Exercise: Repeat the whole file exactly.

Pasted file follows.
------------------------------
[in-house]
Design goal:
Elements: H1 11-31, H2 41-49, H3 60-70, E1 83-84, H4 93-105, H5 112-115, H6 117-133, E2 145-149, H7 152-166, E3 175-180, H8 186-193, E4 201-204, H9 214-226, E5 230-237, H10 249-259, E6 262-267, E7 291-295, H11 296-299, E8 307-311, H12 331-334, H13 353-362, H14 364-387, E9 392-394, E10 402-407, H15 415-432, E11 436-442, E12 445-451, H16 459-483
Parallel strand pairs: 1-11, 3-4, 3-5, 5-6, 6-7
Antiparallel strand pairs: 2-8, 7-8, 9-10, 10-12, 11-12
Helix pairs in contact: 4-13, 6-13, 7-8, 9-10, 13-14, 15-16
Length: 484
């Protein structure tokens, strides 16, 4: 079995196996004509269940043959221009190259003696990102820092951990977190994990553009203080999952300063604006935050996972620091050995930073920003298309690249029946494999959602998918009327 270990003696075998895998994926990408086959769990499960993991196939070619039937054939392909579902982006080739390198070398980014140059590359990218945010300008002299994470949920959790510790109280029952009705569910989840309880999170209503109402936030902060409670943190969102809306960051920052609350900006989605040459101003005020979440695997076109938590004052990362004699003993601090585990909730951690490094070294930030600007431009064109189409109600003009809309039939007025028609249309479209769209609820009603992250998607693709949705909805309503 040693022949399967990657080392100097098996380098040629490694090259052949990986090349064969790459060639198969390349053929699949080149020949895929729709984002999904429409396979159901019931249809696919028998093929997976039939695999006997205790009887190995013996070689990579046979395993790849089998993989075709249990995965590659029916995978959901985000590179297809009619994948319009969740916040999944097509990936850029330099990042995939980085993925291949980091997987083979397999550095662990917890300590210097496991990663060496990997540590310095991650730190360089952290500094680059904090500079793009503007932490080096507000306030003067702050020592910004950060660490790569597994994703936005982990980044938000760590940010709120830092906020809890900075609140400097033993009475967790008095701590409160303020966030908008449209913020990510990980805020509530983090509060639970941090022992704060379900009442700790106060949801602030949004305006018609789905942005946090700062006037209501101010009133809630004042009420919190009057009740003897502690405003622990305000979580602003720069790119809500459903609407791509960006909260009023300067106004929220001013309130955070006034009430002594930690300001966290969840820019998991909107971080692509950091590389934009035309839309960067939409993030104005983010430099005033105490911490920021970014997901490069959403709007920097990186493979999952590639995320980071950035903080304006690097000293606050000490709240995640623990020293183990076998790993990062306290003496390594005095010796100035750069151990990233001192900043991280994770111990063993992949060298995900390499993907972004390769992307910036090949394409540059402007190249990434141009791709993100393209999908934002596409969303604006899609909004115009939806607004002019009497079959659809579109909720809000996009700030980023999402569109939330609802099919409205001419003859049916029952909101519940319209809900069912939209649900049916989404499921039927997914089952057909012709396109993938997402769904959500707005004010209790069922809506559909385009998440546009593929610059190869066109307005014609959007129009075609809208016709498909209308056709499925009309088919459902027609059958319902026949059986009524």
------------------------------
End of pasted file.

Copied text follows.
[in-house]
Design goal:
Elements: H1 11-31, H2 41-49, H3 60-70, E1 83-84, H4 93-105, H5 112-115, H6 117-133, E2 145-149, H7 152-166, E3 175-180, H8 186-193, E4 201-204, H9 214-226, E5 230-237, H10 249-259, E6 262-267, E7 291-295, H11 296-299, E8 307-311, H12 331-334, H13 353-362, H14 364-387, E9 392-394, E10 402-407, H15 415-432, E11 436-442, E12 445-451, H16 459-483
Parallel strand pairs: 1-11, 3-4, 3-5, 5-6, 6-7
Antiparallel strand pairs: 2-8, 7-8, 9-10, 10-12, 11-12
Helix pairs in contact: 4-13, 6-13, 7-8, 9-10, 13-14, 15-16
Length: 484
């Protein structure tokens, strides 16, 4: 079995196996004509269940043959221009190259003696990102820092951990977190994990553009203080999952300063604006935050996972620091050995930073920003298309690249029946494999959602998918009327 270990003696075998895998994926990408086959769990499960993991196939070619039937054939392909579902982006080739390198070398980014140059590359990218945010300008002299994470949920959790510790109280029952009705569910989840309880999170209503109402936030902060409670943190969102809306960051920052609350900006989605040459101003005020979440695997076109938590004052990362004699003993601090585990909730951690490094070294930030600007431009064109189409109600003009809309039939007025028609249309479209769209609820009603992250998607693709949705909805309503 040693022949399967990657080392100097098996380098040629490694090259052949990986090349064969790459060639198969390349053929699949080149020949895929729709984002999904429409396979159901019931249809696919028998093929997976039939695999006997205790009887190995013996070689990579046979395993790849089998993989075709249990995965590659029916995978959901985000590179297809009619994948319009969740916040999944097509990936850029330099990042995939980085993925291949980091997987083979397999550095662990917890300590210097496991990663060496990997540590310095991650730190360089952290500094680059904090500079793009503007932490080096507000306030003067702050020592910004950060660490790569597994994703936005982990980044938000760590940010709120830092906020809890900075609140400097033993009475967790008095701590409160303020966030908008449209913020990510990980805020509530983090509060639970941090022992704060379900009442700790106060949801602030949004305006018609789905942005946090700062006037209501101010009133809630004042009420919190009057009740003897502690405003622990305000979580602003720069790119809500459903609407791509960006909260009023300067106004929220001013309130955070006034009430002594930690300001966290969840820019998991909107971080692509950091590389934009035309839309960067939409993030104005983010430099005033105490911490920021970014997901490069959403709007920097990186493979999952590639995320980071950035903080304006690097000293606050000490709240995640623990020293183990076998790993990062306290003496390594005095010796100035750069151990990233001192900043991280994770111990063993992949060298995900390499993907972004390769992307910036090949394409540059402007190249990434141009791709993100393209999908934002596409969303604006899609909004115009939806607004002019009497079959659809579109909720809000996009700030980023999402569109939330609802099919409205001419003859049916029952909101519940319209809900069912939209649900049916989404499921039927997914089952057909012709396109993938997402769904959500707005004010209790069922809506559909385009998440546009593929610059190869066109307005014609959007129009075609809208016709498909209308056709499925009309088919459902027609059958319902026949059986009524």